There is still time for the Government to reconsider the professional and financial ramifications, and even more importantly, the ramifications for the children and young people we care for, who need, and have always needed the secure emotional base provided by safe, stable, careful, committed and reflective professional care.
What's needed is to grow the size of the sector, by design increasing the number of homes for some needs, so that members of each sub-group meeting specifically identified needs can contribute asking the same questions, wrestling with the same issues, and worrying about the same things as you are, so that they feel a little less isolated and a little more recognised.
Sir Martin Narey's review is an opportunity to stop "doing what we've always done". It's an opportunity to be the best parents we can be for the children who we take into our care system. Being the best we can be means setting aside differences we may have with our co-parents, and allocating appropriate funding to the task of looking after the child as a priority.
Professionally we grew up, our children's services and child care theory and practice developed, in times of plenty, and by extension, of certainty. We never dreamed we would one day dread the implications of a world where plenty and certainty were not present.
After the Prime Minister's speech to the Conservative Party conference Looked After Children are now, truly, Children in Care, in the care of all of us. To name the scandal of the social exclusion of Children in Care was a brave and necessary thing.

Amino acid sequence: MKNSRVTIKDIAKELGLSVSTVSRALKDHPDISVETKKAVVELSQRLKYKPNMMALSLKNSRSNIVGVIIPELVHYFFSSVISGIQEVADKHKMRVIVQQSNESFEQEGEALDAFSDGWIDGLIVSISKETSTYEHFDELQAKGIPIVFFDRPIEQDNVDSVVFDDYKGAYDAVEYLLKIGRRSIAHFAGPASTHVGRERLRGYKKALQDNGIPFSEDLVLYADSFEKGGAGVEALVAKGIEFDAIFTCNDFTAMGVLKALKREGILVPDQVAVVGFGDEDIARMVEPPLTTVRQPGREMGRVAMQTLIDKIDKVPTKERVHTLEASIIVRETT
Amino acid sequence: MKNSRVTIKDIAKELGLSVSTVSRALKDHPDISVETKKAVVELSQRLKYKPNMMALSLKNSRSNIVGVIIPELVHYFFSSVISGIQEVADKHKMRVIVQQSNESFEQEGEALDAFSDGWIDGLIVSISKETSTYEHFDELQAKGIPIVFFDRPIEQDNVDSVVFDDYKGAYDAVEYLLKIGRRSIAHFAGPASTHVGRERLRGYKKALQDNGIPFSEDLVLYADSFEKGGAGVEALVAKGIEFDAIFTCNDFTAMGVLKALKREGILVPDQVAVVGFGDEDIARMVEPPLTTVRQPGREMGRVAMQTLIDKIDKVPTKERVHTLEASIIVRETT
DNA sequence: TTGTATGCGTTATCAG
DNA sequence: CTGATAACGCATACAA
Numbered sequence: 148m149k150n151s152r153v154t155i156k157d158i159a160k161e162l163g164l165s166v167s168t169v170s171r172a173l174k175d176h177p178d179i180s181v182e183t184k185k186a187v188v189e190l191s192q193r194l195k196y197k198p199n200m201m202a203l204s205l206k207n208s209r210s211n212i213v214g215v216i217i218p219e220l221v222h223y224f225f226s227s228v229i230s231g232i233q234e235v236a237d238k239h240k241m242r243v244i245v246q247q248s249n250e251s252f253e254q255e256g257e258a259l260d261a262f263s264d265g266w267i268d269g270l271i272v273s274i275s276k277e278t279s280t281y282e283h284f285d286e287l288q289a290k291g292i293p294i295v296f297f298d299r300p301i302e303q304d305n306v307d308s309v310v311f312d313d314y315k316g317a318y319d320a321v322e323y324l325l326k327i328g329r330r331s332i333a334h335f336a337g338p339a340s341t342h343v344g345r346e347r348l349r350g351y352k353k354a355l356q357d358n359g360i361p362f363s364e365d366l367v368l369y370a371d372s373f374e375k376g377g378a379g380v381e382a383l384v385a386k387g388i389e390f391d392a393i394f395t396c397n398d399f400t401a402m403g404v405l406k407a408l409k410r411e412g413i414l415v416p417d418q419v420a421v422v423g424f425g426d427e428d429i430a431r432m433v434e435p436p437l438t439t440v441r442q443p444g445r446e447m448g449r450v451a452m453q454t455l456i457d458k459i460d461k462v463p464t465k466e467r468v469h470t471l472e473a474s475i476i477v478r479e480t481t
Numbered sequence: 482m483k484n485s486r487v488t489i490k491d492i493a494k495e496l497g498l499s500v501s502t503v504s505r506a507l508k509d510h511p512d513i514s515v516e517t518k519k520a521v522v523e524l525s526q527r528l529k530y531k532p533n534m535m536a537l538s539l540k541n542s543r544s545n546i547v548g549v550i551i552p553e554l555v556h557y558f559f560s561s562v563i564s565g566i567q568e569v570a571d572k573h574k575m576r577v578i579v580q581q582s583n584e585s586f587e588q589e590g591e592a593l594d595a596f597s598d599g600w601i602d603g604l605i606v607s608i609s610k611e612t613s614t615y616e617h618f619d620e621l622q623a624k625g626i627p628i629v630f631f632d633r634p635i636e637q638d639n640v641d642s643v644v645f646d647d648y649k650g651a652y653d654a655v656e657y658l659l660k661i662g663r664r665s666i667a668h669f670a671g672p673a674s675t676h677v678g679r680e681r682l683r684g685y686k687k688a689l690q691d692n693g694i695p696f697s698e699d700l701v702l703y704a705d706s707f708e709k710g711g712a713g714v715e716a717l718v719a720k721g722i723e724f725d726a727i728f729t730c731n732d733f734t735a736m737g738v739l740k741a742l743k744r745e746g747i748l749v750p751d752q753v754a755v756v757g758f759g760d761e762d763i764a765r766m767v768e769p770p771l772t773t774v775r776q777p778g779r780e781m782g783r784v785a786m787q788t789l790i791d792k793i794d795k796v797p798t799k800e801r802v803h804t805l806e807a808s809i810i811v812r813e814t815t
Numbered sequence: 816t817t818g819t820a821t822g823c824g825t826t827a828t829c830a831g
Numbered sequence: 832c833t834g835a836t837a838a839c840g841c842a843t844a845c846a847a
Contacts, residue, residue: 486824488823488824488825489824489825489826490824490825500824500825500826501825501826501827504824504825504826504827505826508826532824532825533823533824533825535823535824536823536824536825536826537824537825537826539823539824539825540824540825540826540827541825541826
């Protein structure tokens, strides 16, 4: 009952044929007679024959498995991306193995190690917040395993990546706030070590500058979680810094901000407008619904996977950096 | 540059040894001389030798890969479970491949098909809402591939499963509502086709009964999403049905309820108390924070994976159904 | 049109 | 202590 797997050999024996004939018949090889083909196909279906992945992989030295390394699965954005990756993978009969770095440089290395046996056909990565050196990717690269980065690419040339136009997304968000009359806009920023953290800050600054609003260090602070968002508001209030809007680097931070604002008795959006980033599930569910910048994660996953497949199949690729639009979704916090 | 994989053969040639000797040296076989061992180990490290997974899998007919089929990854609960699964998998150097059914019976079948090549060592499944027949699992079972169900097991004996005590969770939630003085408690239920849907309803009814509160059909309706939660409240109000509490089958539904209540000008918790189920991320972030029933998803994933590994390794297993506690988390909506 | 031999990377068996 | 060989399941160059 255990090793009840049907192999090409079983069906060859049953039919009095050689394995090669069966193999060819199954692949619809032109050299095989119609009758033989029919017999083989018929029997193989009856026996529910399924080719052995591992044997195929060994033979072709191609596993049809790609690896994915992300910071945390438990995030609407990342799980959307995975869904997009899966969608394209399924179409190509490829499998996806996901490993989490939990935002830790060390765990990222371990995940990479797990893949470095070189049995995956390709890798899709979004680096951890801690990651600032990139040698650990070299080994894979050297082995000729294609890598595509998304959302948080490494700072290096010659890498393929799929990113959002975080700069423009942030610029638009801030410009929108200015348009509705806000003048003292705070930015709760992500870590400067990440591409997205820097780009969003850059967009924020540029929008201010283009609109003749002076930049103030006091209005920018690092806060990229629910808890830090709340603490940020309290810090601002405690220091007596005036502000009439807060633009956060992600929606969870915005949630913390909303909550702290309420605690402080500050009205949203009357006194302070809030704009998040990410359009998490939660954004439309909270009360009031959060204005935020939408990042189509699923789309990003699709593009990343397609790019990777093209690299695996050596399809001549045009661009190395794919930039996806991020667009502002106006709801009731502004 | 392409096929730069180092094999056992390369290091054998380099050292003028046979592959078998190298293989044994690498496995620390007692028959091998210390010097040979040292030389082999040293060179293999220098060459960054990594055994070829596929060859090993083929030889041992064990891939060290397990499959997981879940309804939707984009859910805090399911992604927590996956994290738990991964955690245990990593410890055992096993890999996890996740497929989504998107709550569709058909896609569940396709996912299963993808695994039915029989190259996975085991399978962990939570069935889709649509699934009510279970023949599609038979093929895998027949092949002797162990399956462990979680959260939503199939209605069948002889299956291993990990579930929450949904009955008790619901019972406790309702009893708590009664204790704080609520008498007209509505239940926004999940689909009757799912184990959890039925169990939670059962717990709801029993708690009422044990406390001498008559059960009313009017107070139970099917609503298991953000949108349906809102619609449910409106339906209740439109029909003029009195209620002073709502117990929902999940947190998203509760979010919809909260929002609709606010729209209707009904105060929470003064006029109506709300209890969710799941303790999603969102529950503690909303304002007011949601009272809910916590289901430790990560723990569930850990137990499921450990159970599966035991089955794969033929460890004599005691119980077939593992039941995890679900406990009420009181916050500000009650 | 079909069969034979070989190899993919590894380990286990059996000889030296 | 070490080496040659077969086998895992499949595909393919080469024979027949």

Failure to Thrive Should Be a Thing of the Past - For Every Child, and Everyone Dedicated to Caring for Them
When I started in Residential Child Care 40 years ago there were still a few young people who were spoken of a case of 'failure
Tens of thousands of social workers throughout the UK devote their lives to helping children out of desperate and abusive situations. To get to the root of what could help more families, we asked these professionals about the pressures they face.
Just as an unintended consequence of Scottish independence no matter the result will be a redrawing of the way all countries of these islands are governed so too English children's services needs a redrawing of values and ethics, policy and practice.
Children's homes providers have published a powerful documentary report, 'Home Truths - The state of independent residential
We need new thinking about the operating environment we currently frame as a 'marketplace'. We need a courageous, informed articulation of what is happening now, and the start of the thinking that can move us towards a method of effective working, both for quality of care and the health of our finances.